While it may be something you gloss over, it shouldn't be. Flossing your teeth is one of the most important habits for your dental hygiene. While some assume it's not necessary because they've brushed their teeth, they would be wrong. Flossing is perhaps even more important.
When you brush your teeth, you are cleaning a lot of the surface area of your teeth. Unfortunately, your toothbrush is only so helpful. It cannot reach in between your teeth nor is it effective enough at your gumline. You will find food particles and bacteria getting caught in these areas. By flossing, you will be able to reach these locations with ease. This will allow you to get rid of excess food, bacteria, and plaque that would normally go unnoticed. Thus, it will help to prevent cavities in between your teeth, it can minimise bad breath, and it can reduce the total amount of tartar buildup along your gum line.
The American Dental Association (ADA) has a recommendation to floss a minimum of once per day. You want to ensure you are flossing after every meal because any plaque that you fail to remove in a sufficient amount of time will eventually harden and become impossible to get off without dental appliances. Every dental professional will agree that flossing is imperative (Fleet Dental Clinic).
However, flossing isn't enough on its own. You need to be doing it correctly. A lot of people don't know how to floss properly. Pulling the floss between your teeth isn't enough. You need to use a curved formation around your tooth and floss up and down to get everything. You can follow the steps below for the proper flossing technique.
- Get at least 18 inches of dental floss and wrap it around each pointer finger.
- Firmly hold the floss between your thumbs and pointer fingers. From there, you should be navigating the floss between your teeth and use a gentle rubbing motion. You don't want to snap the floss too hard into the gums as it could damage them and result in bleeding.
- As soon as the floss reaches the gumline, you want to begin to curve it around the tooth. From there, keep gently sliding it into the gaps between the gum and the tooth.
- Hold the floss completely against a single tooth. Continue to glide the floss against the side of the tooth. Continue to move the floss away from the gyms in an up and down manner. Continue to do this on every tooth in your mouth. Don't forget to do the same thing with your molars.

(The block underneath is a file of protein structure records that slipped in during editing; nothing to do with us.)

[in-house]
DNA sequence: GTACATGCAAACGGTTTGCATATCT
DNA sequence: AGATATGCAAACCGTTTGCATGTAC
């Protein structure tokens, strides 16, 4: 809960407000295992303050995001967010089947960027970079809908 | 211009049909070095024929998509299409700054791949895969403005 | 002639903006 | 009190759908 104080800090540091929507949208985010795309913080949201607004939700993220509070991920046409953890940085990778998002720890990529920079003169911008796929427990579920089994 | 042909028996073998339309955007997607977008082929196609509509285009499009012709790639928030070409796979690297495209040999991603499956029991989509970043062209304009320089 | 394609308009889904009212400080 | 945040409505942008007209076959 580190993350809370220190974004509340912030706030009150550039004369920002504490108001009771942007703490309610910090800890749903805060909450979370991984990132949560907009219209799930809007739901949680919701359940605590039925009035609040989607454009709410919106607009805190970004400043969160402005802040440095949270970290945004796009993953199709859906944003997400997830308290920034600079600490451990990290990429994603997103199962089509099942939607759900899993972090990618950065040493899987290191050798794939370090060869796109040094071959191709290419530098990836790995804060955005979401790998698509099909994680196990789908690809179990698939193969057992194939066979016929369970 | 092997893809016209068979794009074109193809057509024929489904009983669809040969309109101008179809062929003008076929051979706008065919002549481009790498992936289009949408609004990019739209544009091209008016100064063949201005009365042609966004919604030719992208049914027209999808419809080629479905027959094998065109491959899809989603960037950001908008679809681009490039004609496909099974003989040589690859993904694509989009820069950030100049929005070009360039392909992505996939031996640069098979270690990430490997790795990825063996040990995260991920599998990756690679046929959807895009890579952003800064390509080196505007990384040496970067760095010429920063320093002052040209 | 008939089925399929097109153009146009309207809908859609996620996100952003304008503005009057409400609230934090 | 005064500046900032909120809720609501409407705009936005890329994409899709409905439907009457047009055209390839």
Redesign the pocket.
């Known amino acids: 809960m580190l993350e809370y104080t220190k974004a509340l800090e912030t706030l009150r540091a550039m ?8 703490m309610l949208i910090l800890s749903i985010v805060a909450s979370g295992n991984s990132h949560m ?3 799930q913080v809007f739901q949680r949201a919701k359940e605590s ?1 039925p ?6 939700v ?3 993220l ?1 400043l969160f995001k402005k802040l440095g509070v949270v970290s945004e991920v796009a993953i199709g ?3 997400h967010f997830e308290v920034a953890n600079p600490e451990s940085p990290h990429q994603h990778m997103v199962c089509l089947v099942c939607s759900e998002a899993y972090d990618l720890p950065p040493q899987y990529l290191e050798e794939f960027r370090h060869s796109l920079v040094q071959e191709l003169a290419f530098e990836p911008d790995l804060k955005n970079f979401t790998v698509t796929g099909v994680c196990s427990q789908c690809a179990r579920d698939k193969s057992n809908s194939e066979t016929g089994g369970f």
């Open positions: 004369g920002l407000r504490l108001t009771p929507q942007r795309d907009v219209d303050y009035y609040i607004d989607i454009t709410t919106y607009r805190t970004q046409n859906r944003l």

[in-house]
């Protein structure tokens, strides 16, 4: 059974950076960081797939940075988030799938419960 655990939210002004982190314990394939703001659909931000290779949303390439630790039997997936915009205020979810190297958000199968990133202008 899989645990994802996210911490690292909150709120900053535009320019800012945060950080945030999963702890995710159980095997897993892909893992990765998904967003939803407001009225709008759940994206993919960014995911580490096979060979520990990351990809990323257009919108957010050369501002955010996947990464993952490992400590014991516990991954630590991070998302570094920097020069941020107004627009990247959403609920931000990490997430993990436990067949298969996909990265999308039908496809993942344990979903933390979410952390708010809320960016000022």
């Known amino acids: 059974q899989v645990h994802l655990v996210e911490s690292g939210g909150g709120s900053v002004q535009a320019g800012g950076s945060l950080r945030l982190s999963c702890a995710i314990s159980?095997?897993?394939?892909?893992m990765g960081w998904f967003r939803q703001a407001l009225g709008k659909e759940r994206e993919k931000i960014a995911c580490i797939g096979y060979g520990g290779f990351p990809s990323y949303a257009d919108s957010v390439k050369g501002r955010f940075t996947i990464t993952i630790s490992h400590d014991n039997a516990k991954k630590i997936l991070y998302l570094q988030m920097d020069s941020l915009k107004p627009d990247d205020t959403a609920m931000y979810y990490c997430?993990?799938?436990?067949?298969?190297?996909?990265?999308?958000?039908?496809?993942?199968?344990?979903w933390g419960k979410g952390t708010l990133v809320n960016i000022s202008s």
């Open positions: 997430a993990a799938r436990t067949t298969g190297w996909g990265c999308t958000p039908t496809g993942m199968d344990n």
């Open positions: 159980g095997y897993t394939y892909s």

Plaque and Tartar Formation
If you don't floss regularly enough, you will suffer the consequences. While not flossing for a short period like a week won't kill you, it's going to cause things to get worse.
Assume you brush your teeth the recommended two times per day. While this will help you position yourself for good dental health, it's not enough. After all, the toothbrush isn't going to be able to reach areas where floss would.
Your teeth have (5) different surfaces that need to be properly cleaned. This includes the chewing surface, the front and back, and both sides. While your toothbrush is certainly capable of cleaning (3) of those surfaces, it isn't going to get the side areas nor close enough to your gumline. No matter if you like flossing before or after you brush, it can be a good way to clear up the plaque formation from these areas.
Plaque is bad because it is a sticky film on your teeth. It can be made up of a lot of things including excess food residue and even bacteria. Not only is it likely to result in your breath smelling bad, but it can end up causing your tooth enamel to erode because it is naturally acidic.
To make things even worse, when you leave plaque on your teeth for too long, it can end up forming into tartar which is impossible to get rid of with your toothbrush or floss. Tartar can end up trapping excess food particles and bacteria along your gum line and in other hard-to-reach areas. To get rid of this tartar formation, you need to get a dentist or hygienist to scrape it off. Tartar can eat away at your teeth much like termites to wood.